More about...Budgeting

Become A Money Boss And Join 15,000 Others

Subscribe to the GRS Insider (FREE) and we’ll give you a copy of the Money Boss Manifesto (also FREE)

Yes! Sign up and get your free gift
Become A Money Boss And Join 15,000 Others
guest
62 Comments
Oldest
Newest Most Voted
Inline Feedbacks
View all comments
Jia
Jia
6 years ago

What a great story. I feel very inspired to sort out my own finances using a journal!

Petra
Petra
6 years ago

Well done so far, and I’m curious what will happen next 🙂

I also wonder how much money your parents ultimately had. They sound like they were either very very poor, or they were very smart (maybe a bit cheap) with money and came out ahead…

Marcus
Marcus
6 years ago
Reply to  Petra

I am wondering too whether the parents were poor or just smart with their money. People in poverty trap typically don’t tell their kids to save up for toys, since they often don’t know the concept of saving and delayed gratification themselves. I was always told by my parents that there isn’t enough money for [… fill in the blanks…]. No, you don’t get the newest toy or gadget, if you want the designer clothes here is the money for the no-thrills brand and you go work in a student job to make up the difference, no you don’t go… Read more »

Jim
Jim
6 years ago
Reply to  Petra

My dad was an E-4/E-5 in the Army in the 70’s and based on what he said, he raised a family of 4 on very little money, a few times they were sweating how they would pay for food (hence the mustard and sugar sandwiches for lunch at school). With him PCS’ing every few years, my mom worked where she could here and there.

Again, not poor, but every penny was accounted for then and dad told me he had stretched a few paychecks a few times in his life to pay the bills and keep the lights on.

Anne
Anne
6 years ago

Me, too. How did things change, if they did, with marriage and children?

Jim
Jim
6 years ago
Reply to  Anne

I can honestly say because I had established my finances by the time I was 30, I was introduced to a wonderful woman who made twice as much as me at the time, its now even more. Who knows what would have happened if I was in debt or a free loader, but she knew I was responsible. Got married at 32. Son at 37. So yes, I was much better off waiting until things were established. As I mention in part II, many people do not have that luxury and that is their choice. We keep our finances separate… Read more »

Beth
Beth
6 years ago

Ahhh… I want to see part 2 already! I’m curious to hear what happens next.

I’ve been thinking of starting a spending tracker spreadsheet again. I used to do it when I was a student, but I worry I’m getting complacent now that I don’t need to worry about counting every penny.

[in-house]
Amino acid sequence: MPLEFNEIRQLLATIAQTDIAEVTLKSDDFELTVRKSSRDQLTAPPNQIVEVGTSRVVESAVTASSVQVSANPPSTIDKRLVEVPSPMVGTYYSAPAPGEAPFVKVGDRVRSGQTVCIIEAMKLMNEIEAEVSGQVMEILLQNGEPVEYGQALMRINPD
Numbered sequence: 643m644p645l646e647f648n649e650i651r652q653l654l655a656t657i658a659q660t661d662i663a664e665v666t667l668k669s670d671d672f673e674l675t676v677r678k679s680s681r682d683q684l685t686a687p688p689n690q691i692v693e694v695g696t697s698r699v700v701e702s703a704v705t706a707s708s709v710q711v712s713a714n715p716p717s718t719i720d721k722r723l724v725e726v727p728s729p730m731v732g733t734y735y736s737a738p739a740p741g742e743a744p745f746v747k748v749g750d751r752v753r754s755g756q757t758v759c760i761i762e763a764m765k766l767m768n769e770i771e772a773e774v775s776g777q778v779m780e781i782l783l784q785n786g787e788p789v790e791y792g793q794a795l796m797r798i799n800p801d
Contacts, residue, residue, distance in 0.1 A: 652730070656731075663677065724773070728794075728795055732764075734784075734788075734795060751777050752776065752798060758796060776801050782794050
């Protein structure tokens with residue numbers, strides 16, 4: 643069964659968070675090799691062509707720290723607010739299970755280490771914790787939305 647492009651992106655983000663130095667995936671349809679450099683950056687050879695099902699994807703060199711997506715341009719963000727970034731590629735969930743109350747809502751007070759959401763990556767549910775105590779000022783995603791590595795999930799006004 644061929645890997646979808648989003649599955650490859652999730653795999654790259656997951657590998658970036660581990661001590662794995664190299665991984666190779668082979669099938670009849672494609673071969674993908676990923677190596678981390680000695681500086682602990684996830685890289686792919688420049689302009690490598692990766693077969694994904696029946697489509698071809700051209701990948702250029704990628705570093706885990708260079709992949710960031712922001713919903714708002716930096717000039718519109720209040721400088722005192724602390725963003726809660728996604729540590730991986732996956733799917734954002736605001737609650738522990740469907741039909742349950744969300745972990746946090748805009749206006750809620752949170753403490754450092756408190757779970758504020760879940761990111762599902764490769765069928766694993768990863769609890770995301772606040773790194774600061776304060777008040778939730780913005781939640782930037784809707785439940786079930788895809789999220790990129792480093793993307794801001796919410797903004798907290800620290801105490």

Hm. Maybe I’ll challenge myself to do that in April. Anyone else with me? 😉

Sharon
Sharon
6 years ago

I love this story and can’t wait to see the second part!

My favorite part was the question you ask yourself, “Will this purchase or decision get me to my goal?”

I wrote that down because it is so powerful!

Thanks!

Jim
Jim
6 years ago
Reply to  Sharon

Yes, those words got me through the hardships of sacrifice. At times I would question why, why am I doing this? But when I got past the now and thought about where I was headed, it boiled down to “Will the money I am spending today on this jacket (or whatever purchase) be better used to pay down debt, because I liked when the banks paid me, not the other way around!” and when you weren’t making much money in the first place, any little money makes a difference. In part 2, it will explain why the hard choices pay… Read more »

cherie
cherie
6 years ago

looking forward to the next installment

johnbebad
johnbebad
6 years ago

i used to do this mentally. Its not that difficult once you eliminate discretionary spending completely and then work things back in slowly based on your savings goal minus new spending amounts. I think its much easier to work from a balance money formula instead now. Once I got it to the point we were saving 30% plus of income, I spend a little more. In retrospect, the purchasing decisions for fun and things that you play with are hard to quantify. I think you need to pick a couple things you want or want to do and spend on… Read more »

Dee
Dee
6 years ago
Reply to  johnbebad

I give my kids a decent allowance and expect them to pay for pretty much all of their expenses from it. They even buy their own shampoo, soap, bath towels (if they ruin the ones I bought for them when they were toddlers). I’m a single mom who works fulltime, so I really expect them to contribute. They prepare meals, do their own laundry, etc. They each keep a list on the fridge where they note what they need for the next time we go shopping. This weekend we are going clothes shopping for summer. They have been planning for… Read more »

Olivia
Olivia
6 years ago

Just challenged my family– 2 college students and husband -to join me in tracking our spending for April.

Martha Gonzales
Martha Gonzales
6 years ago

I completely agree with Linda that everyone of us need a ‘shock value’ to get hold of our finances. Just like you said,we don’t know how much we spend unnecessarily till we jot them down. Though the counselor had literally changed your life, I’ll say the major lesson you learned is during your childhood, especially from your parents as they always urged you to understand the ‘real value’ of saving. This experience sharing is really worth reading and in fact sharing. I’ll definitely share this info through my social media accounts. Thanks Linda as well as GRS for this important… Read more »

Diane C
Diane C
6 years ago

Uh, I think this is Jim’s story, not Linda’s…